A day later, thoroughly satiated, we headed back towards the plains, plan was to make it back to Tezpur in a day and we were off early. Jaswantgarh was a mandatory stop, couldn’t proceed further without paying off our respects. During the climb back to Sela we watched the pristine alpine beauty of the mountain in full bloom, which we had missed on our way up. I don’t have photographs but the sight has remained etched in my memory as if it was only yesterday.

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We were soon below Sela and on the last bend while overtaking an army truck I pressed the brakes and the pedal went in all the way to the floor. I kept quiet and brought the car to halt by up shifting, opened the bonnet but found the brake fluid reservoir to be full. It implied that brake master cylinder was gone and there was nothing I could do. My wife got suspicious of my behaviour and confronted me and I had to inform her that brakes are gone and there is nothing I could do. Assuring her that I am a capable driver and will be able to tackle the climbs and descents ahead we pressed on to Darang. Upon reaching there we were informed that the only mechanic over there had left for Tezpur to pick up his monthly quota of spares and we had no choice but to stand there and enjoy paddy fields of beautiful Darang valley. The place was living up to its ominous sounding name. I mulled the options, put the kids and wife in Army truck or tow the car behind one of those stallions. I chose to drive on as wife had regained faith in my abilities.

Bomdila was still at least three hours drive away and being a ‘La’ it had a serious climb and a descent. We reached Bomdila and the motor market was on an incline I couldn’t take my car. Locals told me that the best place to get the car repaired is Tenga, so another roll down the hills in a brakeless car saw me in Tenga in about an hours’ time. I was relieved to see a confident sounding mechanic there, though he didn’t have a new BMC but had the rubber bushings which didn’t seem original. I couldn’t be a chooser so went ahead with his exhortations about the quality.

It was getting late evening and we decided to stay put in Tenga for the night. Just then a souped up MM 540 of a friend came over, he was DFO Sessa, he was local to the area where tribe affiliations change every 50 kms. He told me that he was going to Tezpur and asked us if we would like to tag along. We accepted his idea as ‘gethometitis’ had also hit us by them. He waited while the car got repaired in an hour’s time.

The lights had come on when we started from Tenga, confident of brakes we clipped at super speeds in Tenga valley. Suddenly, the brake paddle went down again, I was doing in excess of 80 kmph on a wide road in the valley and could see the climb ahead. My car slowed down working against the gravity and I honked madly and flashed lights at the jeep ahead.

Thoughts about analysing the problem did not occur to me, I assumed that duplicate kit in the BMC had given away again. It was not the case, my friend’s driver had a look at the paddle, walked upto my wife and asked if she had a hair pin, my wife took a pin out of her hair bun and gave it to him. He went down to the paddle and came out soon informing that the car had been repaired. Split pin meant to hold the connecting pin in place had not been put in by the mechanic at Tenga and paddle had got disloged from the BMC lever because of that.

Soon the last of the mighty climbs to Sessa started and living up to its name of misty mountain it was nicely wrapped in a blanket of cloud, cloud as thick as one can imagine and I was just following two meagre red lights of the forest officers’ MM 540. It was a perilous journey by any standards. It was about midnight when we crossed Bhalukpong. We sighed a huge relief that we were out of the mountains and into the woods. The road ahead passed through Nameri Forest Reserve and at 12 o’clock in the night that area is not dominated by pachyderms but by gun toting sapiens. True to expectations, militants had put up their check post by putting logs across the road. As our two vehicles came to screeching halt at these obstructions, my friends’ driver shouted through his window in his native Bodo language, some ghosts emerged from behind the trees and moved the logs and we hurtled to Home Sweet Home in 45 mins with kids sleeping most peacefully in the rear seat.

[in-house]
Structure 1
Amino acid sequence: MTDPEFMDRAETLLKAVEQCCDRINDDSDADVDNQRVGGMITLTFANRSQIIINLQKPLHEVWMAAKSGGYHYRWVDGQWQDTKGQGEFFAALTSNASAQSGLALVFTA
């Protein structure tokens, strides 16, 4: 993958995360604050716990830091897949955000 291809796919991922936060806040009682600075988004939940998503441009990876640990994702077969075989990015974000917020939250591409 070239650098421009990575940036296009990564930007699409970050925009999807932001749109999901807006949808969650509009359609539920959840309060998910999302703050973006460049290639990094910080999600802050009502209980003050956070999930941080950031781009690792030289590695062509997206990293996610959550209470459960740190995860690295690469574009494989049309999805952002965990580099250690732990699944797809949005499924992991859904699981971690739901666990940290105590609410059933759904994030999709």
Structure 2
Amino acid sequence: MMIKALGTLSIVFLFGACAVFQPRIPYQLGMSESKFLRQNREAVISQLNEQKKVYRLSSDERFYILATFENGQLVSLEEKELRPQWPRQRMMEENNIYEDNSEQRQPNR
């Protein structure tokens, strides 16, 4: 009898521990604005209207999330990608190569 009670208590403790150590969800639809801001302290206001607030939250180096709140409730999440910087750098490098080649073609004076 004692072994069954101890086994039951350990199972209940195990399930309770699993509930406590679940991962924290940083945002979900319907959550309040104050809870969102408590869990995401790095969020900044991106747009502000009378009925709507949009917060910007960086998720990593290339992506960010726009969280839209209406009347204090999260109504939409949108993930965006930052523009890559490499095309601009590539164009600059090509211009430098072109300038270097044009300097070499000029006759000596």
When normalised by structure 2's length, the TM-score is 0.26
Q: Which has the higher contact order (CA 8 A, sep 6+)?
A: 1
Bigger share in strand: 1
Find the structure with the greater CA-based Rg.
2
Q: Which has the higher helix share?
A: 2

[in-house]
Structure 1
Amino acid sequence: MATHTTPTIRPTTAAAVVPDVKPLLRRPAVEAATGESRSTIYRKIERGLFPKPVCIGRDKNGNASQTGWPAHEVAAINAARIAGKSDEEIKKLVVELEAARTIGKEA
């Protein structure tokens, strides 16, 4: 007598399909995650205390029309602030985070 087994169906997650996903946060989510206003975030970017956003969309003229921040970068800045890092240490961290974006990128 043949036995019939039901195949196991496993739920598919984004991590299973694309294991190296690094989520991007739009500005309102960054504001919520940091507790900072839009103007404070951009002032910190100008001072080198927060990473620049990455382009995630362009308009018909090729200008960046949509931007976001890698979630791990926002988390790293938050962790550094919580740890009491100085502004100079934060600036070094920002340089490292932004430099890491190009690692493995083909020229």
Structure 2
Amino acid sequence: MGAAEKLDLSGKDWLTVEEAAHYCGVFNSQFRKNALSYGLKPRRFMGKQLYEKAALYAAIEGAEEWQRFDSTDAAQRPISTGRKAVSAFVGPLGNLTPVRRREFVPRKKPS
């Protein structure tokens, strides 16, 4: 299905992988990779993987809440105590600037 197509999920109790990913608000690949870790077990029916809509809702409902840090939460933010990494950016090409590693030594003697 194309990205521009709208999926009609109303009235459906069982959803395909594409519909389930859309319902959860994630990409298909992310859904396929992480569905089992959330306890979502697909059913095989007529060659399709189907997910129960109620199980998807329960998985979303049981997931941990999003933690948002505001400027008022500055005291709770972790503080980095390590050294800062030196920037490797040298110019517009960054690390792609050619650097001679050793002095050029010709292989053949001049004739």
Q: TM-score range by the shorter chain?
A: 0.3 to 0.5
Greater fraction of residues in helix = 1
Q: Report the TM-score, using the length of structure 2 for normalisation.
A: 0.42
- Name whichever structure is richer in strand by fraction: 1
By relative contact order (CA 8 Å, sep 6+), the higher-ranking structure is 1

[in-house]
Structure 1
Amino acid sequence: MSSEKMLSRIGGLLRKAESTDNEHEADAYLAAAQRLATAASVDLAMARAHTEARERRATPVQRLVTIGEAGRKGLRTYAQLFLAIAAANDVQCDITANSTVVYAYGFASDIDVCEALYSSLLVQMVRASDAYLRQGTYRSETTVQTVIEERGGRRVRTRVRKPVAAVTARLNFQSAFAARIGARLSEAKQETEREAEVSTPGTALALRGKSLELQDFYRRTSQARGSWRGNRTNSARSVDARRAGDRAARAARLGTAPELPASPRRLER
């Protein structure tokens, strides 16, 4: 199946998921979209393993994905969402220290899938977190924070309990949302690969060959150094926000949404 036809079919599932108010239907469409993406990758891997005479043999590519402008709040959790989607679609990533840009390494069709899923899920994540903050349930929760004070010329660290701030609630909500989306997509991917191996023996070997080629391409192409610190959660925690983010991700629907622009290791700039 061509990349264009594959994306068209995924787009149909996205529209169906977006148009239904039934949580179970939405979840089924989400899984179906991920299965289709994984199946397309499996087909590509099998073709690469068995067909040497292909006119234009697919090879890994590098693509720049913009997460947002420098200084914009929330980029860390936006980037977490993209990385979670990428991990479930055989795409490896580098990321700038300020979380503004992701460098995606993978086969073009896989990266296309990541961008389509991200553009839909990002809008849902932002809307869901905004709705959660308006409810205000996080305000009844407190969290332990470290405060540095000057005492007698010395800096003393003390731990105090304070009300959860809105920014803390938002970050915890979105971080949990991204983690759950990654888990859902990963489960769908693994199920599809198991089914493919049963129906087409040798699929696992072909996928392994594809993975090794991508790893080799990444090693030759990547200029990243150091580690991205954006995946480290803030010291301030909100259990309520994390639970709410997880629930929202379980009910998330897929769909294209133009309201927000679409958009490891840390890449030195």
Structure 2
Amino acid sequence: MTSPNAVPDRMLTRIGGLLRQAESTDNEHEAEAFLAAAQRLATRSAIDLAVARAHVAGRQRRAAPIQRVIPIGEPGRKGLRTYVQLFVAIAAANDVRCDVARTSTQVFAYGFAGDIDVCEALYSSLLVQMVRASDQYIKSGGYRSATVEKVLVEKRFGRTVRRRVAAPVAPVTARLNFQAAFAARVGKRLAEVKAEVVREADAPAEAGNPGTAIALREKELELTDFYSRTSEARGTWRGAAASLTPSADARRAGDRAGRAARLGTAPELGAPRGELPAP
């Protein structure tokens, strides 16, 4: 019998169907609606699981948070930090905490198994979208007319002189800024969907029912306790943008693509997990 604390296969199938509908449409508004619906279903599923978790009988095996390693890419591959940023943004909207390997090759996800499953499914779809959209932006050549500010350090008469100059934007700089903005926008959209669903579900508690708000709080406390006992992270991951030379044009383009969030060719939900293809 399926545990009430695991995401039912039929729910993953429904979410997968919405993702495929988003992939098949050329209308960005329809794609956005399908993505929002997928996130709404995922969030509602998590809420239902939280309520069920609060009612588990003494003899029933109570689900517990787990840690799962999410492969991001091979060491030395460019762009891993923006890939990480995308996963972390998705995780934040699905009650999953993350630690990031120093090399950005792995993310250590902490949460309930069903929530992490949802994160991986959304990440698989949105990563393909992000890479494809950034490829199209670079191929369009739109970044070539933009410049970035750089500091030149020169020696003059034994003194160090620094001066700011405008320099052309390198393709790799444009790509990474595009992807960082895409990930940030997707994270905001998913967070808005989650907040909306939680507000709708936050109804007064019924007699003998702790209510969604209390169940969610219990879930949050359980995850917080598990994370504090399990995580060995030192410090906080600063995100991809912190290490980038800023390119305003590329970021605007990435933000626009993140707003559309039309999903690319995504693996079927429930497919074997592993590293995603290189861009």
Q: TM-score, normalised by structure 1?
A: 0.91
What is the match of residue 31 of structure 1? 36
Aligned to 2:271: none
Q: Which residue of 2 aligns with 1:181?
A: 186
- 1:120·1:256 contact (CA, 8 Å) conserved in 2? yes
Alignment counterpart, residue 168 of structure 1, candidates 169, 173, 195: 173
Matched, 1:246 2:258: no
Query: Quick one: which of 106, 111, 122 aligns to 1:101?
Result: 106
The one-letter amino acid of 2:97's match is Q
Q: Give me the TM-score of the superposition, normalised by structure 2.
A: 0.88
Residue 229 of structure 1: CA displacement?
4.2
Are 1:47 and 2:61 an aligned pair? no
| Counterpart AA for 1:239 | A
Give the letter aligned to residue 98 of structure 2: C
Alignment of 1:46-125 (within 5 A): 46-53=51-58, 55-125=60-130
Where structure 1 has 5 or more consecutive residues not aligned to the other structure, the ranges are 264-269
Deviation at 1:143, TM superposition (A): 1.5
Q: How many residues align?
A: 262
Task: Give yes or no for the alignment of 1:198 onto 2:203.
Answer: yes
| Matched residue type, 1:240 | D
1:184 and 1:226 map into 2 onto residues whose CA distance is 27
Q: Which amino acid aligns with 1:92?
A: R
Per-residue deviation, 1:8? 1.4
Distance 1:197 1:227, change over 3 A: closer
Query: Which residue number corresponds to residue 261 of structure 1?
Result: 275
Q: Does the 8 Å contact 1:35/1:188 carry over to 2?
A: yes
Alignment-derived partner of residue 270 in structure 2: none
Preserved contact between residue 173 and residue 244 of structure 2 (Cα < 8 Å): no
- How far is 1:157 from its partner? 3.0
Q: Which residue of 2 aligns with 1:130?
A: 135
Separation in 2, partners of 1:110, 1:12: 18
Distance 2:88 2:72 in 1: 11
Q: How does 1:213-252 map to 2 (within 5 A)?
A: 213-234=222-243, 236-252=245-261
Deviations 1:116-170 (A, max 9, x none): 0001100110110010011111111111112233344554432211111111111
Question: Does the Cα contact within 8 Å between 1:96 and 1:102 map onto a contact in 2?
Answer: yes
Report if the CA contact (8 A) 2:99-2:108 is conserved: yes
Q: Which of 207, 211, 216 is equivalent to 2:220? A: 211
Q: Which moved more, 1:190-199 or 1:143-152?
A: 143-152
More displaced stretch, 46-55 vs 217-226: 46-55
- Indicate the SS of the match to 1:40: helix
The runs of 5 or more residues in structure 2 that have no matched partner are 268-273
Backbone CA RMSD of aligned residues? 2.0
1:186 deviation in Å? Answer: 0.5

PS: I apologise for poor quality of photos, Firstly Iam not a good photographer and secondly these snaps had been lying in musty wooden boxes for last 12 years.

Last edited by PGA : 24th December 2013 at 18:34.
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Old 25th December 2013, 18:52   #2
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Default Re: A Journey Fifty Solstices Ago – A Remembrance

Thread moved from the Assembly Line (The "Assembly Line" Forum section) to Travelogues. Thanks for sharing!
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Old 25th December 2013, 20:20   #3
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Default Re: A Journey Fifty Solstices Ago – A Remembrance

Nice description.

How many solstices in an year?

Regards
Sutripta

Last edited by Sutripta : 25th December 2013 at 20:23.
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Old 28th December 2013, 15:37   #4
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Default Re: A Journey Fifty Solstices Ago – A Remembrance

Quote:
Originally Posted by Sutripta View Post
Nice description.

How many solstices in an year?

Regards
Sutripta
Thanks for the appreciation.

That was typo that occurred while I was trying to parallel process my memory with recollections of with the journey, some news about Mr Kejriwal and the fact that winter solstice was due the next day. My attempts at editing this mistake (reducing the solstices by half) proved futile as I had already punched in save button once and the system wouldn't accept this change.

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Old 28th December 2013, 20:53   #5
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Default Re: A Journey Fifty Solstices Ago – A Remembrance

Quote:
Originally Posted by PGA View Post
My attempts at editing this mistake (reducing the solstices by half) proved futile as I had already punched in save button once and the system wouldn't accept this change.
Report your first post to the moderators, asking them to make the correction.

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Sutripta